Of the roughly 25 sounding rockets launched each year, Koehler said, usually one or two release the tracers.
Thomas P. Ackerman, director of the Joint Institute for the Study of the Atmosphere and Ocean at the University of Washington, told us the conspiracy theory is nonsensical.
The idea of spraying people with a material from the ionosphere — given its distance and conditions — wouldn’t work. He said it’s “extremely unlikely” for chemicals dispersed at that height to reach Earth’s surface because of how they interact in the atmosphere.
The ionosphere, he said, “is a hostile environment in terms of the material you put there being struck by these high-energy particles in the solar spectrum.” And the atmosphere’s movement would spread the material across the globe, diluting it and rendering it ineffective.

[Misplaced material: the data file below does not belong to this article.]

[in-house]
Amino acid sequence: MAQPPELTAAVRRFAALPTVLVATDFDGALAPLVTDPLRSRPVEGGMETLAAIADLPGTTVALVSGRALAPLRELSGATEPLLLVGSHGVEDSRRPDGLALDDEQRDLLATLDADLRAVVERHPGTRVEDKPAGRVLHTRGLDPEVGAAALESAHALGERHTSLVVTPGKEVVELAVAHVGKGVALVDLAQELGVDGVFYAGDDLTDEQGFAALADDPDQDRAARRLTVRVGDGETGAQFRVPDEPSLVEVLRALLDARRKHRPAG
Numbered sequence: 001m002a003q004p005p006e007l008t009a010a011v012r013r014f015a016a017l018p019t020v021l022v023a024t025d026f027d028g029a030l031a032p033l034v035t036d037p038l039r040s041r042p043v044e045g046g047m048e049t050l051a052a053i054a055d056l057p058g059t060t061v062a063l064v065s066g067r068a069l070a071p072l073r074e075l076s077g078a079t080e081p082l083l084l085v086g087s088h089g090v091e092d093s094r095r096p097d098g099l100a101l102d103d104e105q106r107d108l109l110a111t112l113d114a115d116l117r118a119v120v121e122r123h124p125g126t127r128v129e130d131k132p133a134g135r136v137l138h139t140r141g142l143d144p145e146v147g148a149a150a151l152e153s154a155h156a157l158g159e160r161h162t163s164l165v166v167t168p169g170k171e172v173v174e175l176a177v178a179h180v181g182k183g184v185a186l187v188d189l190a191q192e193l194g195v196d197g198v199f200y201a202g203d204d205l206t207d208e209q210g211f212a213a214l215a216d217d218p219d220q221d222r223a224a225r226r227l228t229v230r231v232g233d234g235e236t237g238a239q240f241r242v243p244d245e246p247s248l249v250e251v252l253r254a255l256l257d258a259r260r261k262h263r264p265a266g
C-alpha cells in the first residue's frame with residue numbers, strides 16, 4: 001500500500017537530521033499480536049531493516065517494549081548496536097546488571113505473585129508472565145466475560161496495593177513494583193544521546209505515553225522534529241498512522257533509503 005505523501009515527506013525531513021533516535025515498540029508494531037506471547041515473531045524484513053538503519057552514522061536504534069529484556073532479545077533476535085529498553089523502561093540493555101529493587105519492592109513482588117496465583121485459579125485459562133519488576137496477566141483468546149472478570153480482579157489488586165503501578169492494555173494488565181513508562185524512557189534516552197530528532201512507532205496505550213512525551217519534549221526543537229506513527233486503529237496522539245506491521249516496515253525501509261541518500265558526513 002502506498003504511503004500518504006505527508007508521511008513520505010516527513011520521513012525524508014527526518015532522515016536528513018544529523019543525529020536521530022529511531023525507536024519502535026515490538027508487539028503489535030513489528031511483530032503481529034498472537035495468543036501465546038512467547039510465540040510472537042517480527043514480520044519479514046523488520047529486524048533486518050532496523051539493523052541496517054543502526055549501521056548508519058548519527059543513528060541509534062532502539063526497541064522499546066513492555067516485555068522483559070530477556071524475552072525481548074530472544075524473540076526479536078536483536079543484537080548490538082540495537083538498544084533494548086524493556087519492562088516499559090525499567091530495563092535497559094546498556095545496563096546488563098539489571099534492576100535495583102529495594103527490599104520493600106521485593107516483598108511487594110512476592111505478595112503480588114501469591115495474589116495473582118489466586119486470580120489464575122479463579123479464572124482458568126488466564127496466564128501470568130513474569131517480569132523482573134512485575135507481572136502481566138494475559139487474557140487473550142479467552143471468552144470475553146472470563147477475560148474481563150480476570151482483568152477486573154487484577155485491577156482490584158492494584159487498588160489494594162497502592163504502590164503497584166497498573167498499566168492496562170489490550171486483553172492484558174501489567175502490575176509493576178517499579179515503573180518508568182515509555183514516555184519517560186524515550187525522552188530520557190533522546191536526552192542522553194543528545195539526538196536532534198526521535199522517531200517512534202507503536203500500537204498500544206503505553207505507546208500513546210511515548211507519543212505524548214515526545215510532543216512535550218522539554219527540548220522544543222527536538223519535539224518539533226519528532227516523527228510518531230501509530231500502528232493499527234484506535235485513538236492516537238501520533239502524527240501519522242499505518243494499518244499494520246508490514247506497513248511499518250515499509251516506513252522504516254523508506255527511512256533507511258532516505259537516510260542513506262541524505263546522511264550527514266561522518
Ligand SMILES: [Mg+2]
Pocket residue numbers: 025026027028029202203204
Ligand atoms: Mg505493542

“If you want to spray a crop with pesticide … they fly right on top of the crop,” he said. “On any rationale thought process, it doesn’t make sense.”
Plus, Koehler noted in a follow-up email that “the amount of metallic materials used in the vapor tracer studies is extremely small compared to the amount of material that enters the Earth’s atmosphere daily from meteors.”
“Even if a minute amount from a vapor tracer were to reach the ground it would be extremely negligible,” he said.
The false story accurately states that lithium — an element found in Earth’s crust with many uses, including to make batteries — is used to treat people with illnesses such as bipolar disorder (more specifically, the carbonate salt of lithium is used in such treatment). But the story then goes on to claim that “the power structure” aspires to “alter our neurochemistry.”
The falsehoods don’t stop there: The article cites a study in The New England Journal of Medicine that tested “aerosolized vaccines” against measles, but that treatment was administered to children through a face mask — not by some mass air operation, as the story implies.
Attempts to reach the listed author of the dubious story were unsuccessful.